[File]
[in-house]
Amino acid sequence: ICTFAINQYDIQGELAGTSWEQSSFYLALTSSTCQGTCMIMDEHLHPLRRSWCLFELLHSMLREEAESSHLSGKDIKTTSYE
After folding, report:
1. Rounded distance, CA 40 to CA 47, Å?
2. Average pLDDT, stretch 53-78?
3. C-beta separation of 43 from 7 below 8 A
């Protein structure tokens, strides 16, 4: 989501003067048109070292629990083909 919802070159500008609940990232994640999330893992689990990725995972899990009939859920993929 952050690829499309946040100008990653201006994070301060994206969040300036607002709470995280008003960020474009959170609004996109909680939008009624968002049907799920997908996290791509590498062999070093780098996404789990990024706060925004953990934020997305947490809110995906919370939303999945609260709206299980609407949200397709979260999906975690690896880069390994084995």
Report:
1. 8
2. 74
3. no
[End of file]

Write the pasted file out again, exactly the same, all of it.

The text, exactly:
[in-house]
Amino acid sequence: ICTFAINQYDIQGELAGTSWEQSSFYLALTSSTCQGTCMIMDEHLHPLRRSWCLFELLHSMLREEAESSHLSGKDIKTTSYE
After folding, report:
1. Rounded distance, CA 40 to CA 47, Å?
2. Average pLDDT, stretch 53-78?
3. C-beta separation of 43 from 7 below 8 A
């Protein structure tokens, strides 16, 4: 989501003067048109070292629990083909 919802070159500008609940990232994640999330893992689990990725995972899990009939859920993929 952050690829499309946040100008990653201006994070301060994206969040300036607002709470995280008003960020474009959170609004996109909680939008009624968002049907799920997908996290791509590498062999070093780098996404789990990024706060925004953990934020997305947490809110995906919370939303999945609260709206299980609407949200397709979260999906975690690896880069390994084995």
Report:
1. 8
2. 74
3. no